Torta Pasqualina or Easter Monday pie is a very popular dish to have today that has its origins in Liguria. Easter Monday is traditionally a day for picnics and this is often one of the things taken along. This is a slightly simplified version as it uses pre prepared puff pastry. It’s good to know that doctors no longer say eating cholesterol is bad for you as it includes at least 10 eggs. Serves at least 6.
500g puff pastry
500g swiss chard or spinach, stalks removed
1 small onion, finely chopped
80g of parmesan or pecorino romano (or a mixture of both)
1 tbsp chopped fresh marjoram or parsley
300g ricotta, passed through a sieve to remove lumps
1 tbsp of single cream
Torta pasqualina ingredients
Put the swiss chard, the onion and 2 tbsp of oil into a saucepan. Season with salt and people and cook over a medium heat until the chard is completely wilted. Allow to cool and squeeze out as much liquid as possible.
Torta pasqualina wilting chard
Chop finely and transfer to a bowl. Add an egg, 50g of cheese and the marjoram or parsley and mix well.
Torta pasqualina filling
In another bowl mix together the ricotta, the cream, 2 eggs and 30g of cheese.
Torta pasqualina assembling pie
Roll out 2/3 of the pastry and use it to line an oiled cake tin. Make a layer with the chard. Cover with the ricotta. Crack 6 eggs, regularly spaced onto the surface.
Torta pasqualina ready for the oven
Roll out the remaining 1/3 of the pastry and use it to close the pie. Trim off the excess pastry and fold over and crimp the edges to seal. Brush with olive oil and bake at 180 °c for 45 minutes.
Pollo alla cacciatora. It is very common to find versions of this dish outside of Italy, especially in the United States, however they often bear little resemblance to dishes found here. Even the spelling has been changed, possibly reflecting a dialect spelling originally used by Italian immigrants to the States. The name translates as hunter’s style chicken. I am a bit unsure why as I am unaware of anybody hunting chickens 🙂 You can also prepare rabbit in this way so maybe that was the original recipe. There are many versions in Italy, but the common factor is the chicken is cooked with white wine and tomatoes. This version is from Liguria. As always, if you can find a really good free range, or at least corn fed chicken it will improve the dish no end. Serves 4-6.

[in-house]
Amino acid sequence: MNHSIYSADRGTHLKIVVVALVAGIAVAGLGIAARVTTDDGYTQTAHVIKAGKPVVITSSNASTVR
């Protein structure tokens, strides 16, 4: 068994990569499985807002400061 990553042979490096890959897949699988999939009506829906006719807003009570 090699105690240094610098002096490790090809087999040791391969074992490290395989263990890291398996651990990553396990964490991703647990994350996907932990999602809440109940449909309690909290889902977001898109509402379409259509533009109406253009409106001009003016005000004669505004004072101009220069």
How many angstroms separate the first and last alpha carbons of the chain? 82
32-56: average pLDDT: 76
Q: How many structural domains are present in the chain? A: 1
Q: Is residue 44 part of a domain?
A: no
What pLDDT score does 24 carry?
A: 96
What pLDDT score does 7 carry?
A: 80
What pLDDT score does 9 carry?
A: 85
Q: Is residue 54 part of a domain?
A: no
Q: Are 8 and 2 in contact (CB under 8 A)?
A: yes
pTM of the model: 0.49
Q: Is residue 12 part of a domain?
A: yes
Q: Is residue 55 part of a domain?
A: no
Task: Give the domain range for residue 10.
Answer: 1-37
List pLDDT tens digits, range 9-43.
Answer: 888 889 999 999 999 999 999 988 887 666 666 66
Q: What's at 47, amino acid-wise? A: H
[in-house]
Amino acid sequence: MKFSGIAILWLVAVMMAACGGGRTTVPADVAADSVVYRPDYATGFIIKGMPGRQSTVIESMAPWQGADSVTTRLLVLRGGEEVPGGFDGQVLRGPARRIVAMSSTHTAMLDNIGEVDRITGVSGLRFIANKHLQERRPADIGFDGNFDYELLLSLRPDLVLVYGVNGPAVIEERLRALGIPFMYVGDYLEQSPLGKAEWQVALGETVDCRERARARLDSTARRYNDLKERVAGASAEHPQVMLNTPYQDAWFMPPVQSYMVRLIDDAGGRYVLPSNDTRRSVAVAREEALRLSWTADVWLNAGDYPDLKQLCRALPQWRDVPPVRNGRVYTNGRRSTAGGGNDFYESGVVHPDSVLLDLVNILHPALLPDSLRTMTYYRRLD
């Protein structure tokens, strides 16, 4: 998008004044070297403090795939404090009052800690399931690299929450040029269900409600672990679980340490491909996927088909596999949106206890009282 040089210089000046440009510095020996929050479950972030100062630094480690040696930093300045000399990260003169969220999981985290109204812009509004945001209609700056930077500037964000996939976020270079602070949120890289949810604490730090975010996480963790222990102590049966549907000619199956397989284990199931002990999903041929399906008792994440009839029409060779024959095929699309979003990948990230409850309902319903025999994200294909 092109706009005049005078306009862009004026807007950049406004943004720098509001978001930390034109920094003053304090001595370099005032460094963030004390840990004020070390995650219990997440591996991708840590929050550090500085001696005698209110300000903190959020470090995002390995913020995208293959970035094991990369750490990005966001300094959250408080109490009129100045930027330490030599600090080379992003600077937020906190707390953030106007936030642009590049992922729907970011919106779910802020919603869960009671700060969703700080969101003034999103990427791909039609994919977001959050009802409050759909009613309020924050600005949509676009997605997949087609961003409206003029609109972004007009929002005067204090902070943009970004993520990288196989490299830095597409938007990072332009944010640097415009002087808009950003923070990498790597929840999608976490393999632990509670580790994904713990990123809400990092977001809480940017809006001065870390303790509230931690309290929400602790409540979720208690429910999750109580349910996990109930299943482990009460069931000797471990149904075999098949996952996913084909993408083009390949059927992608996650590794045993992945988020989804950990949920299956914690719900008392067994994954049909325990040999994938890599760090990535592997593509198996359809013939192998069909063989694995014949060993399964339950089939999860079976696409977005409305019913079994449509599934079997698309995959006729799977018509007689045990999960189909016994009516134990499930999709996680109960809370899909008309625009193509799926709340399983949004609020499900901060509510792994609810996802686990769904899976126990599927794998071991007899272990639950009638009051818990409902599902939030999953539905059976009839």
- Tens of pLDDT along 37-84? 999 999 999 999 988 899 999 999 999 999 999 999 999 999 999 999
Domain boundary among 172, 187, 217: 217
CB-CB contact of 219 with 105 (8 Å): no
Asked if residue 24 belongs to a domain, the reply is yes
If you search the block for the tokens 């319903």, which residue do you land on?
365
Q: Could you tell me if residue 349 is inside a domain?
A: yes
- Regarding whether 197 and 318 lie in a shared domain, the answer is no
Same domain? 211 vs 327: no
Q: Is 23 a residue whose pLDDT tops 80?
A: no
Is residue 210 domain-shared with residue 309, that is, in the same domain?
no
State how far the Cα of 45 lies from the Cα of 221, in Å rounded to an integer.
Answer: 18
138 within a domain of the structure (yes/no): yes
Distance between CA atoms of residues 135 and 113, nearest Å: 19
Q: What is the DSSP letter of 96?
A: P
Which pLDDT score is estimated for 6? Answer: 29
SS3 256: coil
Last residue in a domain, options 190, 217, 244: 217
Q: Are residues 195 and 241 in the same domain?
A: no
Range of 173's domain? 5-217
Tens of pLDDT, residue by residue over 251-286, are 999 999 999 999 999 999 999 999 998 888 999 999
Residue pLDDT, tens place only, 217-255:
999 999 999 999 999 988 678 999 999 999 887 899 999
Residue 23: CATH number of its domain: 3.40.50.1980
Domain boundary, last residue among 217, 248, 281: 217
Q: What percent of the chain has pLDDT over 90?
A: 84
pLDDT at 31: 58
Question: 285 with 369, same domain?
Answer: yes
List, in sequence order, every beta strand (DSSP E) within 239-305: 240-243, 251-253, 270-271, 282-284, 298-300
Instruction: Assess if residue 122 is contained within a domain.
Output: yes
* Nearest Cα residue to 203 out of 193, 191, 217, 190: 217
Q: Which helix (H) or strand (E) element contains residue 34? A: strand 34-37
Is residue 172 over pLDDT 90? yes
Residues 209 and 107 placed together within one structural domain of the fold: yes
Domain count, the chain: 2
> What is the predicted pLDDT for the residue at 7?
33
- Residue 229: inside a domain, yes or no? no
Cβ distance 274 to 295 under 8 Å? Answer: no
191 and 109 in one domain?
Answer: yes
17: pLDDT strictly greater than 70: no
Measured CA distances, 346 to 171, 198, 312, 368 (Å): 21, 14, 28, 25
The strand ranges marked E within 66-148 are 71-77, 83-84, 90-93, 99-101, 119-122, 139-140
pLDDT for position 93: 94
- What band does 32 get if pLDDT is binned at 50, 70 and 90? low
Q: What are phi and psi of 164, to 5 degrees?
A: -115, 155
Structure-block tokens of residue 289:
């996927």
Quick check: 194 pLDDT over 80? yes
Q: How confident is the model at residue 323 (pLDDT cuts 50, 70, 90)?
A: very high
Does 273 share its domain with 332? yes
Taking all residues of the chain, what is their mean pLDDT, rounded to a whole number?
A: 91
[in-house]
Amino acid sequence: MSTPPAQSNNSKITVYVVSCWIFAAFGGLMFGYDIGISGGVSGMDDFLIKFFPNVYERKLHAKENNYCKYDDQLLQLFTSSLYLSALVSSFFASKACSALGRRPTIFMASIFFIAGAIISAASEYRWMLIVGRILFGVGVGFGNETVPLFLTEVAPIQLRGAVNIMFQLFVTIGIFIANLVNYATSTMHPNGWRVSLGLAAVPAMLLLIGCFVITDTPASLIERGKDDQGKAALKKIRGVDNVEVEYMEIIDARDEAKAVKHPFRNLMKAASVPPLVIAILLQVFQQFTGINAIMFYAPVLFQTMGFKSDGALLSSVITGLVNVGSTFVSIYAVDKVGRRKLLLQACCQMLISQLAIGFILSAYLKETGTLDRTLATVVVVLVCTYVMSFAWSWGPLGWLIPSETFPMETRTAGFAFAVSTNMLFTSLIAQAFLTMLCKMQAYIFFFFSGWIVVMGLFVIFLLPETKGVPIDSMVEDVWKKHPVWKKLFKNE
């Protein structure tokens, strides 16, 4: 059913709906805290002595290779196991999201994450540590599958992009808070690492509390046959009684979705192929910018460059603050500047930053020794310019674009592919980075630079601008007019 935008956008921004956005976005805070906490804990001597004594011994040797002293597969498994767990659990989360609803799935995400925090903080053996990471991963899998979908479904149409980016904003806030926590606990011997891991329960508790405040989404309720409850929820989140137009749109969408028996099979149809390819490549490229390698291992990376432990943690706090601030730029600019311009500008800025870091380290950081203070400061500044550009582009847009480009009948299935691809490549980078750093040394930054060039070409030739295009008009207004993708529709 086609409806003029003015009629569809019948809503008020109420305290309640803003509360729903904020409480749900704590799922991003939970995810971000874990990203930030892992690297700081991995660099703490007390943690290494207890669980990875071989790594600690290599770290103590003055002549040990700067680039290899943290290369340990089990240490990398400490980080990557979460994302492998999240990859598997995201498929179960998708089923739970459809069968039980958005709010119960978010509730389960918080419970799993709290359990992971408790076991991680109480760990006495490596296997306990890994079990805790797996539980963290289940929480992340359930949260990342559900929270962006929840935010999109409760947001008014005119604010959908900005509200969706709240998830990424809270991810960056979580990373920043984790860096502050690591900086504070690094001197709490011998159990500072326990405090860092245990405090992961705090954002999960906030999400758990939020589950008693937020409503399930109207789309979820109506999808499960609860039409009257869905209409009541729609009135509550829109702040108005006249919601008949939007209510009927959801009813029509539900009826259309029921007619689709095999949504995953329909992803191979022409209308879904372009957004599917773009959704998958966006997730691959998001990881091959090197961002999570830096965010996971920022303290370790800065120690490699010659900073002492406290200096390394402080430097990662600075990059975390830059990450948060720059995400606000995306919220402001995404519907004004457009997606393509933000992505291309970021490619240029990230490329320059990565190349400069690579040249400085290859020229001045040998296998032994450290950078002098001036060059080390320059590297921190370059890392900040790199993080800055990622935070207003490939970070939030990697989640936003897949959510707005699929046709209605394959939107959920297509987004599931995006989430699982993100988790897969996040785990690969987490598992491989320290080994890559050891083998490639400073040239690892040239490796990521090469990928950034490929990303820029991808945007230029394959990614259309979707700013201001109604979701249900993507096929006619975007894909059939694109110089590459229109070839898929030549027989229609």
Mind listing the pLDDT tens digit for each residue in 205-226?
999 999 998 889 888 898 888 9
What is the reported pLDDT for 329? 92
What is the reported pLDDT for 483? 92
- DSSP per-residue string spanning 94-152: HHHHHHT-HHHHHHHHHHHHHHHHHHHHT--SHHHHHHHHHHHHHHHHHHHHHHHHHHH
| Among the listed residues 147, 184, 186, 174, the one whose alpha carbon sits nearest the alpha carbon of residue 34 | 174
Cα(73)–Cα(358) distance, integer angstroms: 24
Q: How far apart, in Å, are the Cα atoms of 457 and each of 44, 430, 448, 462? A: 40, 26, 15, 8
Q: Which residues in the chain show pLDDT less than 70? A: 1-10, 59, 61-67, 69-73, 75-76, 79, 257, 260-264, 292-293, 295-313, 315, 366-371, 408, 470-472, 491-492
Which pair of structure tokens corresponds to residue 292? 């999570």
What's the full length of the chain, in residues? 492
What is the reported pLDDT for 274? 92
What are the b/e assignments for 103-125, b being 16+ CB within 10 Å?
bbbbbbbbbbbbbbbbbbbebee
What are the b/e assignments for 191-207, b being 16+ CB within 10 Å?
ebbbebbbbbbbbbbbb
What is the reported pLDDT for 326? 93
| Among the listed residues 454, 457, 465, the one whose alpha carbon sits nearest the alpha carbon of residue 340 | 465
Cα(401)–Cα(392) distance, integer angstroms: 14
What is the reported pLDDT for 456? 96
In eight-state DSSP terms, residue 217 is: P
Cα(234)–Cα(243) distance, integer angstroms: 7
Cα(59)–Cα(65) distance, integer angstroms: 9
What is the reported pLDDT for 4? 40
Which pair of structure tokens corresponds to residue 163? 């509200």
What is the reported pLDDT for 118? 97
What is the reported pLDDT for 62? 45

1 chicken cut into cut into 6 or 8 pieces
2 cloves of garlic
1 onion, chopped
Half a celery stalk, chopped
A sprig of rosemary
2 fresh sage leaves
A bay leaf
A glass of white wine
6 fresh tomatoes, peeled and deseeded (or an equivalent amount of tinned)
Chicken cacciatore ingredients
Brown the onions, the celery and the garlic in a large pan.
Chicken cacciatore browning the onions
Add the chicken pieces, rosemary, sage and bay leaf. Season with salt and pepper and cook for about 10 minutes over a reasonably high flame.
Chicken cacciatore browning the chicken
Lower the flame and add the wine and cook until it has almost evaporated. Add the tomatoes, stir and cook until the chicken is done. About 45 minutes. Serve directly from the pan.
Some people like to add a little chopped parsley at the end
You can also add sliced fresh or reconstituted dried porcini mushrooms along with the chicken.
Basil is very much in season here at the moment, so I bought a couple of bunches at the market and decided to make pesto.I dug out the official recipe from Consorzio Pesto Genovese. It’s very specific about exactly where the ingredients should come from. I’m providing the original recipe, but feel free to substitute ingredients from another region. eg. Basil not from Genoa 🙂 The recipe also calls for a pestle and mortar. This is undoubtably the best way, but you can get very acceptable results using a blender. Just put all the ingredients in a blender and blitz until almost smooth. Serves 6
2 Tbsp Pecorino (romano, toscano, sardo or siciliano)
2 cloves of garlic (can be omitted)
1 Tbsp pine kernels (from the Mediterranean area)
1 tbsp chopped walnuts can be substituted for the pine kernels (must be European from the species “Juglans regia”)
Coarse sea salt
The traditional method uses a wooden pestle(where the dish gets its name from in a round about way) and a marble mortar. Start by pounding the garlic and salt until you get a smooth paste.
Add the basil, a handful at a time, and keep grinding using a circular motion until each batch of the leaves is incorporated. To preserve the essential oils in the basil, you shouldn’t be too rough with it.
Add the pine kernel and grind some more.
Add the cheese and mix well.
Add the oil, little by little, until the pesto has the right consistency – a matter of taste.
Serve with pasta or added to minestrone. The recommended pastas are troffie, trofiette or trenette, but it goes with just about any pasta. I usually serve it with spaghetti or linguine.